My friend Daryl* is applying to college this year.
When I’d heard the news, I couldn’t help but swell with pride — the kind of pride that starts at the bottom of your stomach and inflates you like a balloon, until you feel full and gleeful and slightly light-headed.
I actually met Daryl when I was applying to colleges myself. Throughout high school, I taught with a program called the Breakthrough Collaborative, which aims to provide after-school tutoring and weekend enrichment to gifted students from underserved schools. During my final year with the program, Daryl was assigned to the group of students I tutored once a week, every Wednesday.
After a series of conduct mishaps (for the record, there is no more awkward experience than having to dole out punishment to a student who is only three or four years younger than you), the program director placed Daryl on probation. If he didn’t improve his behavior, she said, he could no longer participate in the program.
So, I started to work with Daryl more closely than I did with the other students, and I learned more about his family situation — which was, like that of many students in the program, suboptimal. His older brother had dropped out of high school a few years earlier. His parents, neither of whom had received higher education, spent most of what they earned on therapy for his little brother who — at nine years old — had threatened to kill himself.
As the year progressed, Daryl and I grew closer. We kept in touch after I left for college, exchanging pithy Facebook messages here and there. He told me, last Wednesday, that he’d just finished a personal essay for an early decision application at a school he very much hoped to attend next fall.
With all of my heart, I hope that school sends him a big, fat envelope this December with an acceptance letter and as much glitter and confetti as he deserves. More importantly, however, I am happy that applying to and attending college can and will be a reality for him.
Recently, Mr. Cody Delistraty published an essay called “The Harvard Dilemma: The Trouble with Privilege Breeding Privilege.” He argues that privilege begets privilege and that prestigious universities groom children from affluent backgrounds for a lifetime of Friday nights at the Opera, Russian caviar, and weekend trips to St. Bart’s.
I don’t think this is categorically true. Actually, I think this is often false.
Perhaps, I’m overly optimistic. Some might suggest that I’ve got my head too far up in the ponies-and-rainbows-and-sunshine clouds to view these matters with any degree of practicality. However, I think that Mr. Delistraty fails to recognize two important issues in his essay, which most of us don’t consider in our discussions on class privilege.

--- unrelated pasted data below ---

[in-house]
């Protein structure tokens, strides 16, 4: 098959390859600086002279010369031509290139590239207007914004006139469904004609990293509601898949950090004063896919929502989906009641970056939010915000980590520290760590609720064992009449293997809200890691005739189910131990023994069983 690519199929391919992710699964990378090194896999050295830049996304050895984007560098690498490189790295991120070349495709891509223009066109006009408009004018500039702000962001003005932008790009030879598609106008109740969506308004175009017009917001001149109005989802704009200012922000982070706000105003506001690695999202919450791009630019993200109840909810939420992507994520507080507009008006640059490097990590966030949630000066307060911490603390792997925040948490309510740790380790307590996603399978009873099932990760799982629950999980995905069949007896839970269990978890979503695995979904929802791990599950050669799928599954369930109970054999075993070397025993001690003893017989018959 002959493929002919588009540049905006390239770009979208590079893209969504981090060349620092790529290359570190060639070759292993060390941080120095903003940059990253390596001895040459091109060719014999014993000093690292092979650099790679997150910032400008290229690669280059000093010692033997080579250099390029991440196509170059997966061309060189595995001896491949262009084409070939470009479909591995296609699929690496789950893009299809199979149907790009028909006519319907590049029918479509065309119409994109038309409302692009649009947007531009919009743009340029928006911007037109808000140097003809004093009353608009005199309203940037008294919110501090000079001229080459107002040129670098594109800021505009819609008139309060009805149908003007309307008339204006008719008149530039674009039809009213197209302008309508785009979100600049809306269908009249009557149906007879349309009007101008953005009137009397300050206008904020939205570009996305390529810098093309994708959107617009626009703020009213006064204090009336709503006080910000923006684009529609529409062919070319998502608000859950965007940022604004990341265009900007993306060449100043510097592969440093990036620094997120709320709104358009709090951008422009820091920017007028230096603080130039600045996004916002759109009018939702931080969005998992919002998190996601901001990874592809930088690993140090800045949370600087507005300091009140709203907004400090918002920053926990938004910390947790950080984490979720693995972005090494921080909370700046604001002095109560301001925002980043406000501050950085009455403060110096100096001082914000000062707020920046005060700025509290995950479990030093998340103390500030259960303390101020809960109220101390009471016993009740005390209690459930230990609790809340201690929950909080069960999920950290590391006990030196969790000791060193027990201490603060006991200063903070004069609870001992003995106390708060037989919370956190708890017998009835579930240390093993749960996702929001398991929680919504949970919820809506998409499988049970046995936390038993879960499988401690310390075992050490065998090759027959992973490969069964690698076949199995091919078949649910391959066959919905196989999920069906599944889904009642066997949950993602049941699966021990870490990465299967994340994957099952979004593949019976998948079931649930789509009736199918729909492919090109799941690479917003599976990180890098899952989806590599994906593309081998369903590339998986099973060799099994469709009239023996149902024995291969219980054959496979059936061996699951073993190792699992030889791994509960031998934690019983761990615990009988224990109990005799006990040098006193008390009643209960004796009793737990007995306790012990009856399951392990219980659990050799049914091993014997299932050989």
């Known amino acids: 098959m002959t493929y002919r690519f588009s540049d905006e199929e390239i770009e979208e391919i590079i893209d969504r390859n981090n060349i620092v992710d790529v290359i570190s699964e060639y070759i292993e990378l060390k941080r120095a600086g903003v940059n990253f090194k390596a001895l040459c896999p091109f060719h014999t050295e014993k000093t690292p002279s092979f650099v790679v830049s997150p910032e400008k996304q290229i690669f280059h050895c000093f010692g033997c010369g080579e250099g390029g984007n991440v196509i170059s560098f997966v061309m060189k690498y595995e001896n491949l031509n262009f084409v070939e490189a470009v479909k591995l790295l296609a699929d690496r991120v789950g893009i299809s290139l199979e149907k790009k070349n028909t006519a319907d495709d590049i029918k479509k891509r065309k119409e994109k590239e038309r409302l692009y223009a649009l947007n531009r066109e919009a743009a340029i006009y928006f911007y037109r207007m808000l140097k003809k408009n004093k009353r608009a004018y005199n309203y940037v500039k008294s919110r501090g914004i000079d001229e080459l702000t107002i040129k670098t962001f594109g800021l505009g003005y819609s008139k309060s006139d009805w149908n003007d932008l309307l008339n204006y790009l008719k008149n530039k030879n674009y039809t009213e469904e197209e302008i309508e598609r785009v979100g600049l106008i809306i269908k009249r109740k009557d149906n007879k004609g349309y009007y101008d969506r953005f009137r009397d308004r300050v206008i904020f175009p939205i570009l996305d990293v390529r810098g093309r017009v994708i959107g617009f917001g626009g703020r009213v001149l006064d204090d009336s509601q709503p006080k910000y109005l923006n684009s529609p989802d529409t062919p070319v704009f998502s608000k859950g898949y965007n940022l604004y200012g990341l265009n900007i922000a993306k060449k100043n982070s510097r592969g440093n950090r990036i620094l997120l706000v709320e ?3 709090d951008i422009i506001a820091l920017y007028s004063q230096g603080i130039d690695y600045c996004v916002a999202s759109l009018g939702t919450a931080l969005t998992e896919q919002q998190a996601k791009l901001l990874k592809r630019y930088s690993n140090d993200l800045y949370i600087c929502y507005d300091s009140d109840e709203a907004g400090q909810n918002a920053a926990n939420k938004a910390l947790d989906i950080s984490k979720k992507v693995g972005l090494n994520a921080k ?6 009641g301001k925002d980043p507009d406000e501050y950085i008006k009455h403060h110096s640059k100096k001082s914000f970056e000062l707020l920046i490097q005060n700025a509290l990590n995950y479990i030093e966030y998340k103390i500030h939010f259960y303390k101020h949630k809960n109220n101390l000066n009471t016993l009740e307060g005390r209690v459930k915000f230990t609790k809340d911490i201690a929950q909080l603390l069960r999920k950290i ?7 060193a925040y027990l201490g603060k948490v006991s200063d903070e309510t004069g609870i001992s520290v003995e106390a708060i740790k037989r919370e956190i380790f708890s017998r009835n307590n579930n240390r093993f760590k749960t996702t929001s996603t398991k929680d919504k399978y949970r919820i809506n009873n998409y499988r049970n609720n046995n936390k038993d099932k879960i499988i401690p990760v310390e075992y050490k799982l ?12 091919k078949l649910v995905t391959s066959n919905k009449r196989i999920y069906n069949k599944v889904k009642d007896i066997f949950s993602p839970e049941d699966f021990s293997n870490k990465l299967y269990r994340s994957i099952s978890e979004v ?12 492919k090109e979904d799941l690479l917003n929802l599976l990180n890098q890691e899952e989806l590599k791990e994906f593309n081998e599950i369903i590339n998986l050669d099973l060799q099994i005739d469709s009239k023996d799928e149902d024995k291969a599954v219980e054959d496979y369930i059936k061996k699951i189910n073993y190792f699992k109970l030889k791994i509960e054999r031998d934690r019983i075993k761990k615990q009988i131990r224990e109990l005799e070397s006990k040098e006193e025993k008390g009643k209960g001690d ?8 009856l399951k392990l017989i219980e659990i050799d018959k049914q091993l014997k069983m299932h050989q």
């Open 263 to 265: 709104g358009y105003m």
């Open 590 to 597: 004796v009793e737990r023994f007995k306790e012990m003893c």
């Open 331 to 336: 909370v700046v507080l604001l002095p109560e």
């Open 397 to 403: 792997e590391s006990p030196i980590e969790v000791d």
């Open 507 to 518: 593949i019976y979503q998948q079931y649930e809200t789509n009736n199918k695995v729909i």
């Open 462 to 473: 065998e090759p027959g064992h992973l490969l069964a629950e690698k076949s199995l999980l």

First, thanks to a recent influx of class privilege apologists, we have a tendency to demonize the children of privilege as oblivious to the struggles of those with fewer resources. This is true for some, whose senses of entitlement are heftier than the bundles of Benjamins they tuck into their Prada purses. Many of us are not perfectly aware of class discrepancy nor will we ever be fully aware of it because it is not a struggle we experience firsthand.
However, with programs like the Breakthrough Collaborative, Teach for America, or AmeriCorps, we are taking steps to correct it as well as we can. The merits of these kinds of programs may be up for debate, but what matters is that we are somewhat aware and we are trying to do something about these class problems.
Second, this country has its pitfalls (examples include: most of the menu at KFC and the rise of Snuggies as a sartorial concept), but one of its redeeming qualities is that it can be the land of upward mobility.
Privilege is not just a rich man’s game and prestigious colleges will not shut out certain applicants because their last names or choices in prep school are not a la mode. Sharing a surname with the person who donated most of the funds for a particular university’s library might help. Having parents who can afford to send you to diligent SAT prep and helicopter college counselors might also help.
But, the beautiful part of living in this country is that everyone has a chance, in theory. And hopefully, we will do more to ensure that those whose dreams outweigh their means can actualize those chances.
*Name has been changed.